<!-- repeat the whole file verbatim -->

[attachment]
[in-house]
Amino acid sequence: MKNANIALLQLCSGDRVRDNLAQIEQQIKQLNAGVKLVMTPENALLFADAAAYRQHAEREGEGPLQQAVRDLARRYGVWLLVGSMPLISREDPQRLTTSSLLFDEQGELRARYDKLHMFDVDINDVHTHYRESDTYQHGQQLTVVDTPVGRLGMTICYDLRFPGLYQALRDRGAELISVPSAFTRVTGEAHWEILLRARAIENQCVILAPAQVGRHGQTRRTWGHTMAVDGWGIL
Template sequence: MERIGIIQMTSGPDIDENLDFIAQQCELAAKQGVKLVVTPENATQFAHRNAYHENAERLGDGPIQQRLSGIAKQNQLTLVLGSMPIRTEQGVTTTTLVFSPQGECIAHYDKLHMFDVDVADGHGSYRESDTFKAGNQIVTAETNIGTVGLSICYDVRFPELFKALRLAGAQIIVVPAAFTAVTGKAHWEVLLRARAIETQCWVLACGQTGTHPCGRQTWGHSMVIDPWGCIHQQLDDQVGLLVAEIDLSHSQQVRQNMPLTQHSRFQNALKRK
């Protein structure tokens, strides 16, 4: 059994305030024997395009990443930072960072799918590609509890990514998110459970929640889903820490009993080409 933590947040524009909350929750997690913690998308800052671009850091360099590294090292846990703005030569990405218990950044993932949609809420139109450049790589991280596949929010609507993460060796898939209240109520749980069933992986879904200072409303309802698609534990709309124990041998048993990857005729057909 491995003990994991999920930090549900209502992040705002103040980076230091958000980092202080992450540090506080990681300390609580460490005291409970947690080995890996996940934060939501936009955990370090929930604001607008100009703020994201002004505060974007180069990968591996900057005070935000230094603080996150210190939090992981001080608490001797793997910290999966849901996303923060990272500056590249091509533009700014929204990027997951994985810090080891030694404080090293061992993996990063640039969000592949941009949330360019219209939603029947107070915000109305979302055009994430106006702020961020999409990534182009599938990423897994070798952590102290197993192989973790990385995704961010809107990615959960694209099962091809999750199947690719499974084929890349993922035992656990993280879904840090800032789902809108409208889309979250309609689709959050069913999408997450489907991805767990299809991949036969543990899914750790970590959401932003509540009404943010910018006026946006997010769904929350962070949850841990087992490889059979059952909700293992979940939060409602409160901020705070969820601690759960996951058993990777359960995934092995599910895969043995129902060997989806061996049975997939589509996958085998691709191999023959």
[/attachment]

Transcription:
[in-house]
Amino acid sequence: MKNANIALLQLCSGDRVRDNLAQIEQQIKQLNAGVKLVMTPENALLFADAAAYRQHAEREGEGPLQQAVRDLARRYGVWLLVGSMPLISREDPQRLTTSSLLFDEQGELRARYDKLHMFDVDINDVHTHYRESDTYQHGQQLTVVDTPVGRLGMTICYDLRFPGLYQALRDRGAELISVPSAFTRVTGEAHWEILLRARAIENQCVILAPAQVGRHGQTRRTWGHTMAVDGWGIL
Template sequence: MERIGIIQMTSGPDIDENLDFIAQQCELAAKQGVKLVVTPENATQFAHRNAYHENAERLGDGPIQQRLSGIAKQNQLTLVLGSMPIRTEQGVTTTTLVFSPQGECIAHYDKLHMFDVDVADGHGSYRESDTFKAGNQIVTAETNIGTVGLSICYDVRFPELFKALRLAGAQIIVVPAAFTAVTGKAHWEVLLRARAIETQCWVLACGQTGTHPCGRQTWGHSMVIDPWGCIHQQLDDQVGLLVAEIDLSHSQQVRQNMPLTQHSRFQNALKRK
């Protein structure tokens, strides 16, 4: 059994305030024997395009990443930072960072799918590609509890990514998110459970929640889903820490009993080409 933590947040524009909350929750997690913690998308800052671009850091360099590294090292846990703005030569990405218990950044993932949609809420139109450049790589991280596949929010609507993460060796898939209240109520749980069933992986879904200072409303309802698609534990709309124990041998048993990857005729057909 491995003990994991999920930090549900209502992040705002103040980076230091958000980092202080992450540090506080990681300390609580460490005291409970947690080995890996996940934060939501936009955990370090929930604001607008100009703020994201002004505060974007180069990968591996900057005070935000230094603080996150210190939090992981001080608490001797793997910290999966849901996303923060990272500056590249091509533009700014929204990027997951994985810090080891030694404080090293061992993996990063640039969000592949941009949330360019219209939603029947107070915000109305979302055009994430106006702020961020999409990534182009599938990423897994070798952590102290197993192989973790990385995704961010809107990615959960694209099962091809999750199947690719499974084929890349993922035992656990993280879904840090800032789902809108409208889309979250309609689709959050069913999408997450489907991805767990299809991949036969543990899914750790970590959401932003509540009404943010910018006026946006997010769904929350962070949850841990087992490889059979059952909700293992979940939060409602409160901020705070969820601690759960996951058993990777359960995934092995599910895969043995129902060997989806061996049975997939589509996958085998691709191999023959």